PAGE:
But Satan also tempted the second Adam, Satan came to him in the wilderness and asked him to prove himself. But Christ owed no one proof – but rather – set for us a model of rebuke, a model of putting off the devil, a model of total dependence upon God.
The wilderness – spiritual or literal is an interesting place – because in wilderness there are deep dark dangers – there are pitfalls, there are demons, there is dread and terribleness – but too in the wilderness is the opportunity to depend totally upon God.
One of three things can happen when we enter into a wilderness season – whether it be that of the intentional abstinence of Lent – the intentional mortification of the flesh – or that of the seasons when disappointment, disaster, and darkness besets us.
First we can be tempted into hardening our hearts – tempted into death – tempted into saying God is not God – God does not love and care for us, and so in our despondency we cast him aside for this present trial seems too dark, too hard.
Second – we can be tempted into self-reliance – tempted into saying we do not need God or anyone else, but we can handle this on our own. We can find within ourselves all the answers that we need – we can find happiness in the wilderness of the world, and so we kick God out, and strive to be our own gods.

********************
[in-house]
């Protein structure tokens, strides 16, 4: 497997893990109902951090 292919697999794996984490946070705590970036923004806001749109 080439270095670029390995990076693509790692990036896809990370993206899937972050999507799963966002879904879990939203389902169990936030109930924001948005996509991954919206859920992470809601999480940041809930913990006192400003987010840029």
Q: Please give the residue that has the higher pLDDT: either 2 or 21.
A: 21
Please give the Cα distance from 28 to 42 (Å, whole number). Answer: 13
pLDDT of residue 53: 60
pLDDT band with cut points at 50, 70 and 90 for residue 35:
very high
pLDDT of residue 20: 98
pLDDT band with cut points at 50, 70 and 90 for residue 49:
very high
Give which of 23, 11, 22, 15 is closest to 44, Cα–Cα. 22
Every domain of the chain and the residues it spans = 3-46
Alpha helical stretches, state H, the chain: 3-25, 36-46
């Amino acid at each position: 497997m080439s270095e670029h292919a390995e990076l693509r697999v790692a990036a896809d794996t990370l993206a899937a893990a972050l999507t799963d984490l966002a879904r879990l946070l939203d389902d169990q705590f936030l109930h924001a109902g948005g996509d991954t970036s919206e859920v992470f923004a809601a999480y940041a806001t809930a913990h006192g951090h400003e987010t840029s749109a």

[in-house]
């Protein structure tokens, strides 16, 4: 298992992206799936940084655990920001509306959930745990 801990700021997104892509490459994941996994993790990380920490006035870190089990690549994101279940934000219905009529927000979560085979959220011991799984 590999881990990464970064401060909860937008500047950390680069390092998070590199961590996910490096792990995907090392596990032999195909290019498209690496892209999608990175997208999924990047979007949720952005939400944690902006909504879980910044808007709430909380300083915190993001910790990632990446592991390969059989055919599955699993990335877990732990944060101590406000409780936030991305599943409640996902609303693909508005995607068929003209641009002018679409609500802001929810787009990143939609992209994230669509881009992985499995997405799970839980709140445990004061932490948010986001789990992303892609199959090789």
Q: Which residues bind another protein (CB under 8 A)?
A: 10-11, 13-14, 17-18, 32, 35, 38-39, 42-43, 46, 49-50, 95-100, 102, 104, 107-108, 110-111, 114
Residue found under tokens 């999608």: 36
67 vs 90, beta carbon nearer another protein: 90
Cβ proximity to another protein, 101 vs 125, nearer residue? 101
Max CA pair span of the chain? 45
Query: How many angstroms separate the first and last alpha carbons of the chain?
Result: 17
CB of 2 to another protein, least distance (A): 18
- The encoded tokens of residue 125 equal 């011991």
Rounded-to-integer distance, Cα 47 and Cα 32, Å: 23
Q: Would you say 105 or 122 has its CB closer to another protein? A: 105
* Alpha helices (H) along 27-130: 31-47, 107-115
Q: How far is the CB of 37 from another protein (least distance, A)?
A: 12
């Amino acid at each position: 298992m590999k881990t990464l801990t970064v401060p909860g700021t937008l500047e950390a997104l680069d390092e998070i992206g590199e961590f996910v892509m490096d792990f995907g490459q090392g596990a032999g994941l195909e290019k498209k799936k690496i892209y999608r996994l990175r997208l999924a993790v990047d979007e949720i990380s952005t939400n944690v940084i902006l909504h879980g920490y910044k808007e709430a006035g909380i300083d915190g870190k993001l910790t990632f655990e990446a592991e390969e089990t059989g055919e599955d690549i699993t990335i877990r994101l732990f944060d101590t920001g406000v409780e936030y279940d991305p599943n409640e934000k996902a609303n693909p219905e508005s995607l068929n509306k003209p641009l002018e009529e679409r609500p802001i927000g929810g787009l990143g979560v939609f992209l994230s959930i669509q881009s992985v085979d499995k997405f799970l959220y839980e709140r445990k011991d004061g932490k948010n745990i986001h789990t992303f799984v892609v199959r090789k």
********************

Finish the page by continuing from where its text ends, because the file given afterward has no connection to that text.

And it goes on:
We live in a time – where everyone has their own truths, where everyone is encouraged “to be true to themselves.” We are told to find happiness within ourselves – but such advice leads to spiritual disaster. No – I think that ancient definition of happiness is far better – Christian happiness is that feeling that we get when we see a friend from afar coming towards us. And this leads us to the third thing that can happen in the wilderness – we see God coming towards us – like the father of the prodigal son – we see God running to us and we are reminded that we desperately need to learn on God – desperately need to become saturated in His word, desperately need to lean totally and completely upon Him. Desperately need the Lord to be our shepherd, need to trust that He will lead us through the darkness and into the light of knowing Him.